Old Route 66 crosses the New Mexico desert and feeds into the outskirts of Albuquerque. Back a bit from the highway is Bobby Unser's house, surrounded by sand, scrub and sage. Up the road is a tiny Mexican-American café, just down it is a drive-in theater that shows X-rated movies, and directly across it is a wrecking yard for trucks. Behind Unser's modern 15-room ranch house is the foundation of the two-room house in which he and his three brothers were raised—it was so crowded they often slept on the porch. Hard by the highway is the garage Jerry Unser, the boys' father, built when he moved his family from Colorado in 1937. Its location at the end of town is no accident; Mr. Unser wanted his to be the first garage westward migrants would see after they crossed the desert in their exhausted, overloaded and overheating automobiles.
On a crowded wall in a corner of the ranch house, next to the bar, hangs a small, framed message, written in 1951. It says:
Dear Daddy & Bobby:
Hang your foot in it and Don't let anyone push you around.
I love you.
Al & Mother
The note was a send-off for Bobby and his father before Bobby's first big race: the Carrera Pan Americana, 1,933 miles through Mexico, from the Guatemala border to the Texas border. Bobby drove and his father navigated their Jaguar sedan. Bobby's hand had been broken in a fight two nights earlier. They started 90th, and passed 67 cars on the first day. On the second day Bobby approached a mountain turn, an Alfa Romeo on his right, a 500-foot cliff on his left. The slower Alfa swerved toward the Jaguar and the cars banged fenders. The Unsers just missed going over the cliff; the Alfa smashed into the mountainside, and its driver was killed. Bobby kept going, down out of the mountains and into a village, the stone walls lining its narrow dirt streets flying by him at 100 mph. The wall outlining a 90-degree turn in the town square claimed the Jaguar. Seventeen-year-old Unser led the race at the time. Could brother Al, who was 12 when he wrote that note with his mother, ever have known what a perfect family motto he had created?
Raised on Route 66. Was it inevitable that the Unser brothers would become race drivers? Their father was a driver. Their Uncle Louis was a driver—a legendary one. Between 1926 and 1967 he raced up Pikes Peak 46 times in the annual Fourth of July hill climb, at times competing in more than one class. He was called the King of the Mountain, and he quit only when, at 72, the race officials made him. Their Uncle Joe was a driver—killed while practicing on the highway for the 1929 Indianapolis 500. Jerry, the oldest brother, was USAC stock-car champion in 1957 and was killed in a fiery crash at Indianapolis in 1959. Jerry's twin, Louis, twice won the stock-car class at Pikes Peak. He was an expert mechanic as well. In 1964 he discovered he had multiple sclerosis and switched full-time to engine building. Today he is confined to a wheelchair. Al, the youngest, is a three-time Indy 500 winner like Bobby and second on the alltime Indy-car victory list with 36, one ahead of Bobby. He lives on Route 66, too, across from Bobby's place and next to Toby's Truck City.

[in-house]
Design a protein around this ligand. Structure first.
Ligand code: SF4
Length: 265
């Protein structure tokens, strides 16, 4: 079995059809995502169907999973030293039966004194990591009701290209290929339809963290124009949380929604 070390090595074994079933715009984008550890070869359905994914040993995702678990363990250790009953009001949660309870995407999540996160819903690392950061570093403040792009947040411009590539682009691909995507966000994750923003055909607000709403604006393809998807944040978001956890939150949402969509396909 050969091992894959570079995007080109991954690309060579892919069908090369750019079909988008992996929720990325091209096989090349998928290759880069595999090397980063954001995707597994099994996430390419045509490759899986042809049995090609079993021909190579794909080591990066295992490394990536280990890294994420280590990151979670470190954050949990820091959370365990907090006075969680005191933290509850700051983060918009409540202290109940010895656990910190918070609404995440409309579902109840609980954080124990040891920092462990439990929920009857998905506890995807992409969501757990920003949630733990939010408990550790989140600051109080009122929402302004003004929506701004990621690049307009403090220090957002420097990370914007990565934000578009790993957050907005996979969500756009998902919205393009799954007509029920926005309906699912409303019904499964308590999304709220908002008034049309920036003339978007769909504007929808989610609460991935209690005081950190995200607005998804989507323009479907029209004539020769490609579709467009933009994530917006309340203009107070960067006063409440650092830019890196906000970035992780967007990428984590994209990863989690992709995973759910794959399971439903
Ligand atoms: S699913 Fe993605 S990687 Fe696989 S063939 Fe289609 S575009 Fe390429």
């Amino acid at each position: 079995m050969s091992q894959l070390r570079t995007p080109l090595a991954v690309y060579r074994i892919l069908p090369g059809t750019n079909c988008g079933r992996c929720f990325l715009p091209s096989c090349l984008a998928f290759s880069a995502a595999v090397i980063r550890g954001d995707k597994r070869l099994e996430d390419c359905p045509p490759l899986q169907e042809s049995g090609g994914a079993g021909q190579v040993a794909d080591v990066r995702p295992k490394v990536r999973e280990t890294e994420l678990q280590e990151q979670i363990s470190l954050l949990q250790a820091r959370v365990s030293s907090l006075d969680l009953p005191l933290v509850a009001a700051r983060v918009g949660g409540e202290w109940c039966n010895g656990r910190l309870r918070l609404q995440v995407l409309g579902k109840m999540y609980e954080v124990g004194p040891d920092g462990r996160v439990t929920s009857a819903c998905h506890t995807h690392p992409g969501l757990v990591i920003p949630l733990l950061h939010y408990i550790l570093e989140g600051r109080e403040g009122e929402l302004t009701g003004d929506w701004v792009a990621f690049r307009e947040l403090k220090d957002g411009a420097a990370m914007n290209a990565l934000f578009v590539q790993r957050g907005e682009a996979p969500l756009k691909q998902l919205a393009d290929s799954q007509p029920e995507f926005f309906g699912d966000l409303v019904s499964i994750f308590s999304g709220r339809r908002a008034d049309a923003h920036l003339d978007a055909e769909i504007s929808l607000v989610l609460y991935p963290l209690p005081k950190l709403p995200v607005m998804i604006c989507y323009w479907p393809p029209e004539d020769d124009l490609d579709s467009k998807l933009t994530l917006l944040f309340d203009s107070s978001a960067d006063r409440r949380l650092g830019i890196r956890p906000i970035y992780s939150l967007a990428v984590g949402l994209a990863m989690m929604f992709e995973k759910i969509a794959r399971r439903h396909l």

The career of Bobby Unser touches five decades; 1949 to 1982, 34 years a race driver. His road up was a tough, slow one. There were nearly 20 years of hard work and heavy dues before the big rewards started coming. First he was a young punk jalopy hotshot, as likely to get into a brawl as Victory Circle. In the 60s and 70s he campaigned sprint cars on the county fair circuits and displaced his Uncle Louis as King of Pikes Peak—breaking the old man's heart in the process—with 12 championships over its treacherous 12½ miles and 156 turns.
It took Bobby 13 years to get to Indianapolis. In his rookie year, 1963, he drove a brutish supercharged Novi that no one else wanted—and crashed on the third lap. In his second attempt at the Brickyard he crashed on the second lap. He won the 500 for the first time in 1968, and not until then could he afford to move for good out of the backseats of cars and into motel rooms. In 1975 he won the 500 again, a rain-shortened race that was stopped after 435 miles.
But it is Unser's third Indy 500 victory that will be remembered longest. He finished first at the Speedway last May, but the morning after the race he was penalized one lap for passing nine cars under a yellow flag and was placed second to Mario Andretti. Unser protested, lost, appealed, and four months later a special USAC panel voted 2-1 to change the penalty to a $40,000 fine. Thus his victory was restored. (At least for the moment. Andretti has now filed an appeal, with the American arm of the Federation Internationale de l'Automobile, which oversees international racing. FIA is expected to decide on this appeal sometime this month.)
When Unser passed those nine cars on the pit apron while returning to the track under the yellow, it was in violation of a rule he knew to be vague and believed to be unenforceable. What this story is about, and what Bobby Unser's life is about—all those years of hanging his foot in it and not letting anyone push him around—was summed up in that pass.
Unser's earliest memory is of the train ride to Albuquerque when his father moved the family down from Colorado. The end of town where they settled was on the wrong side of the tracks; the Unser boys were "stomps," tough guys, and their enemies were "pachucos," tough Mexican-Americans. Knife fights were almost as common as fistfights. At 14 Bobby carried a .45, a possession so prized he had it chrome plated. The two-room house was full of holes from the brothers' rambunctiousness with guns. Bobby was drinking whiskey with the best of them at 16. His pet was a black Lab named Nick. "We never had to feed him," Bobby says. "He'd kill other dogs and eat them. About two a month."